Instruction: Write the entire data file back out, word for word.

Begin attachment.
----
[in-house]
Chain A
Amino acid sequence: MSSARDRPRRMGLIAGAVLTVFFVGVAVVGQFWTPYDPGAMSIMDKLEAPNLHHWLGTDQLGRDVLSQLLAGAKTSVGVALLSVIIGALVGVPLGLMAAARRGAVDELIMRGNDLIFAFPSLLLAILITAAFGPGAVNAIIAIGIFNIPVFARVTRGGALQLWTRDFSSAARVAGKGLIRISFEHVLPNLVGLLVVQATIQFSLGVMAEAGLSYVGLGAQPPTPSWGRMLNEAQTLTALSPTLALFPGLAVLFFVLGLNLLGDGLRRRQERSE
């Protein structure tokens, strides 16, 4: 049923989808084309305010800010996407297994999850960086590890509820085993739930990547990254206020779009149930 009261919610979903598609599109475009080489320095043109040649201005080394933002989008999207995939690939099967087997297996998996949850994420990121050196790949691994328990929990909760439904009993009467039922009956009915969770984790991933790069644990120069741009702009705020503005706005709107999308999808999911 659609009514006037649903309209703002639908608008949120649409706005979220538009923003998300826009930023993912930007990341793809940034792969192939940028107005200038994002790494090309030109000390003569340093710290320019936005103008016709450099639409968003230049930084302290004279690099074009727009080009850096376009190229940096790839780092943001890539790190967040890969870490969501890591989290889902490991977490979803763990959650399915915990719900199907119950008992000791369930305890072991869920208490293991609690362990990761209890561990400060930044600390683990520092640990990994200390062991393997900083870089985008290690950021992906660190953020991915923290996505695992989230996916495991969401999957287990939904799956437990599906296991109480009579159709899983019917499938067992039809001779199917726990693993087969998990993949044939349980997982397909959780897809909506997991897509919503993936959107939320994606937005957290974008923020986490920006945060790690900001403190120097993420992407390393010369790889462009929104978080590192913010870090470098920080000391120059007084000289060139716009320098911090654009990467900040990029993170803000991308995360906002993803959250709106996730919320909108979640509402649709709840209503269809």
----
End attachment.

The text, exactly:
[in-house]
Chain A
Amino acid sequence: MSSARDRPRRMGLIAGAVLTVFFVGVAVVGQFWTPYDPGAMSIMDKLEAPNLHHWLGTDQLGRDVLSQLLAGAKTSVGVALLSVIIGALVGVPLGLMAAARRGAVDELIMRGNDLIFAFPSLLLAILITAAFGPGAVNAIIAIGIFNIPVFARVTRGGALQLWTRDFSSAARVAGKGLIRISFEHVLPNLVGLLVVQATIQFSLGVMAEAGLSYVGLGAQPPTPSWGRMLNEAQTLTALSPTLALFPGLAVLFFVLGLNLLGDGLRRRQERSE
């Protein structure tokens, strides 16, 4: 049923989808084309305010800010996407297994999850960086590890509820085993739930990547990254206020779009149930 009261919610979903598609599109475009080489320095043109040649201005080394933002989008999207995939690939099967087997297996998996949850994420990121050196790949691994328990929990909760439904009993009467039922009956009915969770984790991933790069644990120069741009702009705020503005706005709107999308999808999911 659609009514006037649903309209703002639908608008949120649409706005979220538009923003998300826009930023993912930007990341793809940034792969192939940028107005200038994002790494090309030109000390003569340093710290320019936005103008016709450099639409968003230049930084302290004279690099074009727009080009850096376009190229940096790839780092943001890539790190967040890969870490969501890591989290889902490991977490979803763990959650399915915990719900199907119950008992000791369930305890072991869920208490293991609690362990990761209890561990400060930044600390683990520092640990990994200390062991393997900083870089985008290690950021992906660190953020991915923290996505695992989230996916495991969401999957287990939904799956437990599906296991109480009579159709899983019917499938067992039809001779199917726990693993087969998990993949044939349980997982397909959780897809909506997991897509919503993936959107939320994606937005957290974008923020986490920006945060790690900001403190120097993420992407390393010369790889462009929104978080590192913010870090470098920080000391120059007084000289060139716009320098911090654009990467900040990029993170803000991308995360906002993803959250709106996730919320909108979640509402649709709840209503269809």